What an intriguing question Pete. I wish I could have read what you posted but when I face a screen full of solid words with no paragraphs I kinda go blind and feel weird (weirder than normal). Maybe it's a form of epilepsy. If you could break it up a bit, I might try again. JamesT
Pete, try to edit and add some paragraphs
Click on the topic, go to the bottom of your screen and you will see the edit button, click that and your post will open.
BTW, if it were epilepsy you might froth at the mouth, eyes go blank, start to *shiver* and convulse. Afterward you will be in a deep sleep and not remember where you are or why you are there.
Tina of the *I have epilepsy* class....
Teen, Sorry to hear about your seizures. Do you have them under control? Do you ever have Absence or Petit Mal Seizures? JamesT
Mine are pretty much in control...I have only had grand-mal and at night. I did have one about 3 weeks ago and it was after I woke up in the morning. I did not sleep well and once my husband got up, I finally drifted off. Then I had one. Very weird.
I don't think I have had absence, but I don't think I would remember....I have zoned out a few times, but not often enough to qualify.
Hi PEACEFUL PETE,I am at an impasse and I feel awful.Here is why.I so much want to believe in the existence of God for selfish reasons.I want life and I want it forever in the best of conditions.
That belief in the existence of God used to be based on the belief that the Bible is his inspired word.Now after reading other sources,ie.the errancy of the Bible etc.I have my doubts.
Deductive reasoning for me at least says God exists even though I can't prove such.I have never experienced any personal awareness of his existence.
So too, with the identity crises of Jesus,is he or isn't he God,Man etc.Was he even real,historical etc.
As in all life and death decisions there are usually two camps or opposing views when it comes to discussing these issues.Some have been able to resolve these matters and are at peace with themselves either way.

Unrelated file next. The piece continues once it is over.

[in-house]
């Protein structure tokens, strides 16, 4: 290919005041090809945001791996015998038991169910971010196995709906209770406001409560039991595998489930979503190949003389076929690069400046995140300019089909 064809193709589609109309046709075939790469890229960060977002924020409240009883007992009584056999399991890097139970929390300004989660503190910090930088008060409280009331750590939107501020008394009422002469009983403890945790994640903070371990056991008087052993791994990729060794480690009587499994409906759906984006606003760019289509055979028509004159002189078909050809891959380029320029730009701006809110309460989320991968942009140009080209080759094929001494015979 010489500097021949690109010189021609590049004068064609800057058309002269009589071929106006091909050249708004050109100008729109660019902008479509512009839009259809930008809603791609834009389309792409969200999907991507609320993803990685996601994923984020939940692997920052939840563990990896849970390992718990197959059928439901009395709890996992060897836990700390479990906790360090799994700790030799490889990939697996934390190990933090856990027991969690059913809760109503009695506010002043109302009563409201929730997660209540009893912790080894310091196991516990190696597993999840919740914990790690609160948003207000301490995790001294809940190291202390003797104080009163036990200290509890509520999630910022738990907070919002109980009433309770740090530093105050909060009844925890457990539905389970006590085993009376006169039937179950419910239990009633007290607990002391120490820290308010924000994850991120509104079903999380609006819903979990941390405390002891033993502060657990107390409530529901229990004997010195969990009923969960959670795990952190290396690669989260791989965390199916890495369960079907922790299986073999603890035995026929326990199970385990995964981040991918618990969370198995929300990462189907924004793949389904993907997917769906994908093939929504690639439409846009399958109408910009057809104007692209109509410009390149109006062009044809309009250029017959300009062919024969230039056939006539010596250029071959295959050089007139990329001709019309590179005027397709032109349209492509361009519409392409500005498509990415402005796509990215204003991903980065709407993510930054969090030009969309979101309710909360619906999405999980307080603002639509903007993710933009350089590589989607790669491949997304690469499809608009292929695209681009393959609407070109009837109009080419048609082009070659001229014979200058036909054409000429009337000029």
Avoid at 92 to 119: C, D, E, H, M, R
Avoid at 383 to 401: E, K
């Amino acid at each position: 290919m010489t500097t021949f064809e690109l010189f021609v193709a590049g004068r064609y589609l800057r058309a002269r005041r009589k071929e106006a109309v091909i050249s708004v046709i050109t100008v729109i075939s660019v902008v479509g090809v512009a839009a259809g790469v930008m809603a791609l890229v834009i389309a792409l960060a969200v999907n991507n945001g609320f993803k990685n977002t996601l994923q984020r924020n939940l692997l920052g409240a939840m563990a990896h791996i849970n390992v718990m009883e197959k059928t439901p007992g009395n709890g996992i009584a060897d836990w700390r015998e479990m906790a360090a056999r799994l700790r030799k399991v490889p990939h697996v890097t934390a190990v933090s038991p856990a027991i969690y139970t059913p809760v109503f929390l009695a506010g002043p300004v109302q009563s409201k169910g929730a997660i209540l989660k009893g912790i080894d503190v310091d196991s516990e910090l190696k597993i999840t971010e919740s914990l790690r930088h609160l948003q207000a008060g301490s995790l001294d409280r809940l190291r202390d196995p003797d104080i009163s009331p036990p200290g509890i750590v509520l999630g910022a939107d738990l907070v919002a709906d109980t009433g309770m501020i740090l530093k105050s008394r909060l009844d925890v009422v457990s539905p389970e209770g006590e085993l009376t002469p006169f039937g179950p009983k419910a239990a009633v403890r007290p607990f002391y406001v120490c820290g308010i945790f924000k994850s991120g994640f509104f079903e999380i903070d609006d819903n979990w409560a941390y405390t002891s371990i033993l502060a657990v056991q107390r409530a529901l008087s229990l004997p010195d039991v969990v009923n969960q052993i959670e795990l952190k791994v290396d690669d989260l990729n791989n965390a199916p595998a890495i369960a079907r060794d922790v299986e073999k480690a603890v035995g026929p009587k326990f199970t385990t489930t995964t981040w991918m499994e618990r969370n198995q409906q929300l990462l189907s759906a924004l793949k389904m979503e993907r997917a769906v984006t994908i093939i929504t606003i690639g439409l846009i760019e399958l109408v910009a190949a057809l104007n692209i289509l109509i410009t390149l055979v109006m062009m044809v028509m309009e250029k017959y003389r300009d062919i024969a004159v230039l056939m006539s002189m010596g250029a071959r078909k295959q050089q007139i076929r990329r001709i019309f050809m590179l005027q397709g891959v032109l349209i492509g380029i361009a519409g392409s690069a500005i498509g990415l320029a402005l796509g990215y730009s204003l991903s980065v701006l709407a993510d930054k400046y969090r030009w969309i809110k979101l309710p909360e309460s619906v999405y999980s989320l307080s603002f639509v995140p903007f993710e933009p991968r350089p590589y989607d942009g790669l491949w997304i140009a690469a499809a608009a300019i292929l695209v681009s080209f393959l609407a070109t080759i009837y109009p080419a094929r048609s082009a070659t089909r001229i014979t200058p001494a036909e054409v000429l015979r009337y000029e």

I am still at an impasse and I think it's because I want God to be there,but have a need to confirm it without basing it on a belief system.
After many years in the Catholic faith and many more in the JW"S adding up to some 60 odd years you would think I would be able to make a decision about all this .I read and read and read all sorts of information and my mind is spinning.
I am restless all the time for my dead loved ones,my living loved ones and my own demise in the near future.It's a feeling of being on death row all the time,not only for me ,but the human family too.
How can a God let us live like this,not knowing for sure?????
And I frankly have not enjoyed the domino effect this skepticism has had on my entire belief structure (I'm still trying to replace religious references in my vernacular - with very limited success.) The one exception to this is the realization that my thoughts are my own.
of course this is entirely from your own experiences on your journey through this life.... you have found that skepticism works for you. However, there are others whose lives have taught them powerful 'truths' that are contrary to yours, and can not be dismissed with 'they are just being blinded'. To these 'others', skeptics pumping up other skeptics can be thought of as the blind leading the blind.
How can a God let us live like this,not knowing for sure?????
I guess if life is thought of as 70 plus years that would be a good question. However, in terms of 'eternity', 70 years is a 'blip', and timewise it's meaningless. To me, the importance of this life isn't in the 'knowing for sure', - that will eventually come - all questions will be answered, which leaves me with what I "do" with my life during this 'blip' on this wonderous earth.
That was a GREAT article...echoed a lot of my own feelings and beliefs.
It was a period of mourning for me when I realized I didn't think there was a God. I tried for six long years to try and figure it out, to make it work for me, and in the end it didn't. I have grown to be comfortable with the fact that there is no hereafter. In fact I have come to be downright happy. It makes much more sense to me.